If you’re looking up subscription box services targeted at dog owners, chances are Olly’s Box is the first one you’ll find. Based in Brisbane, Olly’s Box was founded in 2013, making it one of the oldest such services in Australia, as well as one of the largest. It is like the Woolworths of subscription dog box services – the big, well-known standard.
You can see that they are a practised hand in their business in their presentation. The slick website, the enticing pale blue box, it all gives the impression that whatever you receive will be of a certain standard of one-size-fits-many quality.
According to Olly’s Box, products included are generally focused on learning and interaction, and promoting a healthy, active lifestyle for both you and your dog. Assisted by very good boy Boatmeal, I tried their standard monthly subscription box, which contained eight items – three toys, three food items, and one hygiene item.
The items were packed in red shredded paper. While this did add a bit of excitement to the unboxing, it was an unnecessary flourish as none of the items were particularly delicate, and the paper just made a mess.
GiGwi Ball (Large) ($8.95)
The GiGwi Ball is a plastic squeaking ball suitable for playing catch and fetch. It’s a good, simple ball, and I was rather happy with this inclusion. It has a good bounce to it and, unlike a tennis ball, does not have any fluff which may catch in or erode your dog’s teeth. Its relatively smooth surface mean that it’s fairly easy to clean, and it floats, so you don’t have to worry playing with it around bodies of water
The ball’s squeaker requires a firm squeeze to sound. It’s more for squeaking to get your dog’s attention than for him to squeak himself, which you may like if you’re adverse to the idea of your hyperactive puppy running around and squeaking around the house. This toy is for use when playing with your dog, rather than self-directed play.
Alien Flex Squeaking Plush Toy ‘Gro’ ($15.95)
Boatmeal was rather taken with this squeaking plush, particularly with its hair. He likes chewing labels off things, so was particularly fascinated with Gro’s mohawk.
This toy has a unique squeaker, lower-pitched than the standard, which makes it much less irritating to humans but still holds a dog’s attention. It sounds a bit like a duck, and I’d even go so far to say that it’s pleasant. It’s also fairly easy to trigger, so but not so sensitive that it’s a constant stream of noise at the slightest nudge.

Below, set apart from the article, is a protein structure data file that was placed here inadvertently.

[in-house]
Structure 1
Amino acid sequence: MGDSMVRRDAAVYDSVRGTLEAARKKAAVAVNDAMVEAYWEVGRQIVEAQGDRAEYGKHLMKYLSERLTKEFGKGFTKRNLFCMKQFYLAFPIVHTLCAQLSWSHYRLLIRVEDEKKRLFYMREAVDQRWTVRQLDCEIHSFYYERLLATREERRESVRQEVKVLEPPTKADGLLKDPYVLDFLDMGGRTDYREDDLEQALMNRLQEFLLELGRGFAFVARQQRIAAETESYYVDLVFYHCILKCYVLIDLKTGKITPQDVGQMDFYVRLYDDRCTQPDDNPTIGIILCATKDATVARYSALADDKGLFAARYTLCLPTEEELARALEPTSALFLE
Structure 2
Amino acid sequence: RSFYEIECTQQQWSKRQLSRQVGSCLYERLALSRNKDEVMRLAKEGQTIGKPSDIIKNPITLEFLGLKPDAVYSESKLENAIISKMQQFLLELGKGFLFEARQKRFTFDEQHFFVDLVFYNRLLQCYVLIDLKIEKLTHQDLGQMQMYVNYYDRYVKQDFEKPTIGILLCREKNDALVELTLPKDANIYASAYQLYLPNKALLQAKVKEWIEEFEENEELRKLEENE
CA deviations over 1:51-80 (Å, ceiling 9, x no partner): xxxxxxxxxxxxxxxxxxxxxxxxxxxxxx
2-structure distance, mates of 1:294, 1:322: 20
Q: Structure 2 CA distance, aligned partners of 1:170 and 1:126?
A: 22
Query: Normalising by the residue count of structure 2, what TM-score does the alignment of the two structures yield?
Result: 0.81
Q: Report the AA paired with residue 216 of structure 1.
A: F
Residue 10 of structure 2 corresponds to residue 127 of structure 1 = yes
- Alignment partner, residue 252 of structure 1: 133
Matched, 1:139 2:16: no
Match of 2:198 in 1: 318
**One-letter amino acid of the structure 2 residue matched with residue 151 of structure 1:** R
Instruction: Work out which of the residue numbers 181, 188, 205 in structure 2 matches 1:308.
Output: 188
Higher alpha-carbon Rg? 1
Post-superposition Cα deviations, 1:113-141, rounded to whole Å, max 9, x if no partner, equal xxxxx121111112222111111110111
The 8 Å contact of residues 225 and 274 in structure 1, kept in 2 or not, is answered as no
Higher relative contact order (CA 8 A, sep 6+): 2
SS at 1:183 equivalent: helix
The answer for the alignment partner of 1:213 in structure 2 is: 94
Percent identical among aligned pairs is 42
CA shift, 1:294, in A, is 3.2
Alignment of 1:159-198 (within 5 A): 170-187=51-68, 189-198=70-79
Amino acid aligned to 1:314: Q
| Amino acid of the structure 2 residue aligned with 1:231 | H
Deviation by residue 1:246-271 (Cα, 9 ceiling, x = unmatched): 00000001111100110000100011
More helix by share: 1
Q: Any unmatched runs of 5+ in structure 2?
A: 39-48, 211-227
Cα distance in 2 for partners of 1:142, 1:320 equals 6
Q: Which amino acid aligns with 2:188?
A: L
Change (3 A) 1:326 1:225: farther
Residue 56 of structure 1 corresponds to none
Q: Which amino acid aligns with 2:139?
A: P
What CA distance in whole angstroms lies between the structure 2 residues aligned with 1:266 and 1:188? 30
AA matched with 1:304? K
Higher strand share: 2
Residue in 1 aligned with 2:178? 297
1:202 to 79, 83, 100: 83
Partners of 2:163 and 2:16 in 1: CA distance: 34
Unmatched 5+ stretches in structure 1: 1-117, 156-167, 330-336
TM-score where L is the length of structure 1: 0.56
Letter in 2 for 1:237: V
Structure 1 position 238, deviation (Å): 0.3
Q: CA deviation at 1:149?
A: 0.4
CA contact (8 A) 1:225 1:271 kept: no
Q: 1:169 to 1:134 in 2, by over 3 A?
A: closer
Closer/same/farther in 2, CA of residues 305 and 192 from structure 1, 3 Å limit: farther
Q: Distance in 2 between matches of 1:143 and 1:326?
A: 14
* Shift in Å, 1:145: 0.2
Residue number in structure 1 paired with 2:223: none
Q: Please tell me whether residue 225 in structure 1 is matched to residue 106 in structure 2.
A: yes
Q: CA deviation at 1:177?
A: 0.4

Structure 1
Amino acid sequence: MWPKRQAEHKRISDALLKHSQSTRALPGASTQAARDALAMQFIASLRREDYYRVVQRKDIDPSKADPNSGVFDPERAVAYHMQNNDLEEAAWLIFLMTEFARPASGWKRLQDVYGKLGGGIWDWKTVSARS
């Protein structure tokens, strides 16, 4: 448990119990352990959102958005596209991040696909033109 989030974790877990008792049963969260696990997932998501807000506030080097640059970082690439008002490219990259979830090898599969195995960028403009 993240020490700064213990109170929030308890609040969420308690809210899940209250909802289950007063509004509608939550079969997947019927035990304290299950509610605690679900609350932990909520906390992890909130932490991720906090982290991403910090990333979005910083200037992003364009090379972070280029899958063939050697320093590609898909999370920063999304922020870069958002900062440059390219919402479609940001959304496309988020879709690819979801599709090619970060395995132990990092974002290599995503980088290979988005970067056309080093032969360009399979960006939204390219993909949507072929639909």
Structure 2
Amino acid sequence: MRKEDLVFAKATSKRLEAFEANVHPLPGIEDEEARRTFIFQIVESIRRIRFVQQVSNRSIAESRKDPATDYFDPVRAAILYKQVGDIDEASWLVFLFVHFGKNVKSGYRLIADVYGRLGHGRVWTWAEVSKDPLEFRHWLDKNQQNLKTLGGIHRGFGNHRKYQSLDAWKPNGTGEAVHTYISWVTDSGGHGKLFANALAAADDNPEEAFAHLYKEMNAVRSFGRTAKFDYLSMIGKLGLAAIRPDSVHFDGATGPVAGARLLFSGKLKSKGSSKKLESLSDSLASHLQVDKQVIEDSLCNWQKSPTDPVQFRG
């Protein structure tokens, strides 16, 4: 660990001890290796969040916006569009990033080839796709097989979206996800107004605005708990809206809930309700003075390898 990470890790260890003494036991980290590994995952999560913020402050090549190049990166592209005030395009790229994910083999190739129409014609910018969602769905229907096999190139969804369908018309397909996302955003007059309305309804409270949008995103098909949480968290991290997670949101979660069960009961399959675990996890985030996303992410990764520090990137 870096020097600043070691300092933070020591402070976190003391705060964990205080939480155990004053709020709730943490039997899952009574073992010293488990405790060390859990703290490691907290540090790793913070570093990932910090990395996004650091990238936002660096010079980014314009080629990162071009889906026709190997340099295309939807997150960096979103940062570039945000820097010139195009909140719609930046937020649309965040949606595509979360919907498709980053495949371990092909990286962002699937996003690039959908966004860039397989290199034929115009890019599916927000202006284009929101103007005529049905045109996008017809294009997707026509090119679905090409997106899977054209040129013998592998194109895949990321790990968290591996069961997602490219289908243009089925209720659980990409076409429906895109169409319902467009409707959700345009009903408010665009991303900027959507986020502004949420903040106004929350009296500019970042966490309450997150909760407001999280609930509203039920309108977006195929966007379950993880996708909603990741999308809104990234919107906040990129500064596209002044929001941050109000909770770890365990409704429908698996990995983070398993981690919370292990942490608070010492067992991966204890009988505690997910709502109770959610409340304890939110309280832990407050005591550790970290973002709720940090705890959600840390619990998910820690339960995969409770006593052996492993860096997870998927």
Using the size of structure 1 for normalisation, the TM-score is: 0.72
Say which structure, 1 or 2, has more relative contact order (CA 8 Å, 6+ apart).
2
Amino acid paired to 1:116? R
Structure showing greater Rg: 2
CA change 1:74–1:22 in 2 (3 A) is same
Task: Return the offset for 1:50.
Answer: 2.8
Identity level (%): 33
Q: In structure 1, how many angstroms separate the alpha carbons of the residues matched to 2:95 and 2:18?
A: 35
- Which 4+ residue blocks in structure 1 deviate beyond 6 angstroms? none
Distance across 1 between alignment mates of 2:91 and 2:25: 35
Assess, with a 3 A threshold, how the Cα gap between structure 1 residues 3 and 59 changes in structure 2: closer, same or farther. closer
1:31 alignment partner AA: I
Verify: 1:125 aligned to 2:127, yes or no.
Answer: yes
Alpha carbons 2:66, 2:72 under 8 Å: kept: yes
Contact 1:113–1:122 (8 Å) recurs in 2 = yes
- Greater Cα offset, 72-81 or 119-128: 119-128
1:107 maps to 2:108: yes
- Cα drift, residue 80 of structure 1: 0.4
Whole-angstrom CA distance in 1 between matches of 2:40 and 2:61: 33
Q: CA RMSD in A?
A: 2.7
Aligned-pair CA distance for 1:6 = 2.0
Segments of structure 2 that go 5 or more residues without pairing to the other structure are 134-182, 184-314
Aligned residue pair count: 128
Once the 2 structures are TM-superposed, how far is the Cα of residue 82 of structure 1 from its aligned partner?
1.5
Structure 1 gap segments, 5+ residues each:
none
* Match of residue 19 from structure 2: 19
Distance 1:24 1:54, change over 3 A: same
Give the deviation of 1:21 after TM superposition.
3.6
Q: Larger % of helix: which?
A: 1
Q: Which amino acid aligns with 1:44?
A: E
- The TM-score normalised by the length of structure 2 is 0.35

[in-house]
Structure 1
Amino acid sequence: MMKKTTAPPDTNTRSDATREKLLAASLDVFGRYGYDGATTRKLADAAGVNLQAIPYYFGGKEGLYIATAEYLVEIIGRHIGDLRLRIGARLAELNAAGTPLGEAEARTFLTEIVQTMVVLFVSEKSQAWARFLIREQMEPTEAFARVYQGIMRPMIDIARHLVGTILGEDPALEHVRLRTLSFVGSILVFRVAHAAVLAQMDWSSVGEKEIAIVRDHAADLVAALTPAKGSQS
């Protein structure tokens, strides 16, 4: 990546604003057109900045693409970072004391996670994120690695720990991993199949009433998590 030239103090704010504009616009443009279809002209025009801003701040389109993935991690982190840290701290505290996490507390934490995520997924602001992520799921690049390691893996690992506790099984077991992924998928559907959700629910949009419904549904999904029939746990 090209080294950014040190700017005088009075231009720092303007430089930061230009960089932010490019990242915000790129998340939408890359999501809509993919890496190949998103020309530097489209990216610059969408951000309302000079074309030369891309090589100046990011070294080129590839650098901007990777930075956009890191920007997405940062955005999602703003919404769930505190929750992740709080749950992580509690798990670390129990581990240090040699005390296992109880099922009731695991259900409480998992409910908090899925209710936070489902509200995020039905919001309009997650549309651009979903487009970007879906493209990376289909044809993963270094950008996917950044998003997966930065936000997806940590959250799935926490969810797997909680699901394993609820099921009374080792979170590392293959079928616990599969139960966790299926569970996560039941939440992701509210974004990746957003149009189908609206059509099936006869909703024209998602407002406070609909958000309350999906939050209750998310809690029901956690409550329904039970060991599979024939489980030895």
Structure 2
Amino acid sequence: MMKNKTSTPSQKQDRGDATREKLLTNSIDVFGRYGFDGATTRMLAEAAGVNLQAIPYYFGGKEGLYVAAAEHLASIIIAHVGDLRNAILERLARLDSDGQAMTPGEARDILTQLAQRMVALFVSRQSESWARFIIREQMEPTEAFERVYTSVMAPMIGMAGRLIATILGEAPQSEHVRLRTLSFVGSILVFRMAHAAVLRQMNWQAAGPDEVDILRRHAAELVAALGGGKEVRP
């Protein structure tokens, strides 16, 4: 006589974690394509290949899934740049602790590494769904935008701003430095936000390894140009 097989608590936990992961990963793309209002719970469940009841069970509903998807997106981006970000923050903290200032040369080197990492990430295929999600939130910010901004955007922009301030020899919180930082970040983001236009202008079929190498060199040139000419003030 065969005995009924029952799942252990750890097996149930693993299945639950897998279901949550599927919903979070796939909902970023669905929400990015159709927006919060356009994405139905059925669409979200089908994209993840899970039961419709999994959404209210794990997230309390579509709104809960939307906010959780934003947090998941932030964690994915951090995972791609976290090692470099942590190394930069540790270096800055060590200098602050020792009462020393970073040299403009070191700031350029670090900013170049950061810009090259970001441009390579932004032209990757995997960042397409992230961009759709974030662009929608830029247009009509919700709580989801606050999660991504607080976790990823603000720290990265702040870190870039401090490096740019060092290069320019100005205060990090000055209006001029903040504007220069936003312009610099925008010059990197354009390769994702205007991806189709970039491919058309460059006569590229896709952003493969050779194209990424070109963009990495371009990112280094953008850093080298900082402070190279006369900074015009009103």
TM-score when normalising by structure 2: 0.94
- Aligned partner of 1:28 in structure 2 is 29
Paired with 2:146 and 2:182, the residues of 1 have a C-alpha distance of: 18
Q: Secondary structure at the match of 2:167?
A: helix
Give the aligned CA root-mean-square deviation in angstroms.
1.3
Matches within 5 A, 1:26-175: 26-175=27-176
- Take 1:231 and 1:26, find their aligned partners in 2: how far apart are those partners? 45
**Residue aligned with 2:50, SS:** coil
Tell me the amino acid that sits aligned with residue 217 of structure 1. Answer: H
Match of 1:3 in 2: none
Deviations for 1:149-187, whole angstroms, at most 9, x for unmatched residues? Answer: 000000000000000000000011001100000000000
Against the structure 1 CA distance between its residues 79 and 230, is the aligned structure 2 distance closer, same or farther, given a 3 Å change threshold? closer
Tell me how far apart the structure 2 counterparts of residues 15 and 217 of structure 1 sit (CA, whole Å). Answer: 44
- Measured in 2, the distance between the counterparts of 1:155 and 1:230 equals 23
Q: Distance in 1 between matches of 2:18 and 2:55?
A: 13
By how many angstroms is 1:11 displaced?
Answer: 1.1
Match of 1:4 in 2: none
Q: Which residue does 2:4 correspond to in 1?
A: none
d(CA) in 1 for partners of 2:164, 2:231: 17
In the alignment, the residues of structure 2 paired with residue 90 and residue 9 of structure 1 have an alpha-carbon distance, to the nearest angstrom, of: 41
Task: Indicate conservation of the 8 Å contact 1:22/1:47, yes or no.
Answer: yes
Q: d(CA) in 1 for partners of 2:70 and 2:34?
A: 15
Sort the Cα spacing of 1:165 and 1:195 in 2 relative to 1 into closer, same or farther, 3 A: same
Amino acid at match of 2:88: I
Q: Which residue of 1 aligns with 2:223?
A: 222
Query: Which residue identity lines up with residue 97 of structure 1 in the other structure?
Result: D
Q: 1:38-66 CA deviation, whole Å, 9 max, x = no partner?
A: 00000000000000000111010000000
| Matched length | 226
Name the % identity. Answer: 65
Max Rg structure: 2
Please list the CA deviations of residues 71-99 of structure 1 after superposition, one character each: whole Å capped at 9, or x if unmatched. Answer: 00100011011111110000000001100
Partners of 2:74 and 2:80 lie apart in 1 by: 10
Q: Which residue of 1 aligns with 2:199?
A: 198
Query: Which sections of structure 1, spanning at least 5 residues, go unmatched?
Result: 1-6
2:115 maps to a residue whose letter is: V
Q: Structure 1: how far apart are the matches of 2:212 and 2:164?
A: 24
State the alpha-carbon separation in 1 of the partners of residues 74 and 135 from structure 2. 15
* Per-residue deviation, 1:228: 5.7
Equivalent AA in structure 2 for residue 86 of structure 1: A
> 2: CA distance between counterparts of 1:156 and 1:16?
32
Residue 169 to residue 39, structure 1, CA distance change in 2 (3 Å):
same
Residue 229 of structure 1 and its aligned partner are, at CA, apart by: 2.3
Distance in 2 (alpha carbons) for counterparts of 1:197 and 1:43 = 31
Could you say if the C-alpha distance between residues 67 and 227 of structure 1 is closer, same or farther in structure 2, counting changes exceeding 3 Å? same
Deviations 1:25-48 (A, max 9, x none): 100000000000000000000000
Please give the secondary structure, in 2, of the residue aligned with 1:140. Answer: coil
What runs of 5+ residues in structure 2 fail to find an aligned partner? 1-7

As with all plush dog toys, you need to supervise your dog while chewing on it. Unfortunately, Boatmeal’s enthusiasm and focus on Gro’s hairstyle meant he managed to tear a hole in Gro within the first few minutes of play.
Alien Flex Nylon Chew Toy Key Wrench ($24.79)
I was rather baffled by this toy when I first unboxed it. It’s very heavy, has no give, and is an atypical shape for a dog toy. It appeared to be a handle with nothing to attach to it, and for a while I wondered if there was a second piece I’d have to buy to use it. Thankfully this was not the case, but that doesn’t make this toy any less confusing.
I had difficulty even getting Boatmeal interested in the Key Wrench. You can’t squeak it, you can’t throw it, and you can’t comfortably stuff things in it. Allegedly this is bacon flavoured, but we weren’t able to detect any such flavour in our tests. And yes, we did test.
It appears unlikely to splinter, so your dog could probably chew on it unsupervised. It might be good for dogs that are extreme chewers, but before I encountered this toy I considered Boatmeal to be a vigorous chewer. You wouldn’t want to let him play with it on a scratchable floor (such as hardwood), as playing with something of this weight could damage it.
Blackdog Veggie Ear ($2.29)
This inclusion confused me as well. While there are people who prefer a vegetarian diet for their pet, they are in the minority, and it’s typically agreed that a healthy canine diet should primarily consist of meat. This seems more like a thing that would appeal to a someone imposing human standards of health upon a dog.
Boatmeal was largely disinterested in this treat, giving it a few tentative licks before wandering off to lie down elsewhere. I spent way too long trying to make it seem interesting to him. He did eventually eat it, but more because it was there and because I watched him intently until he did.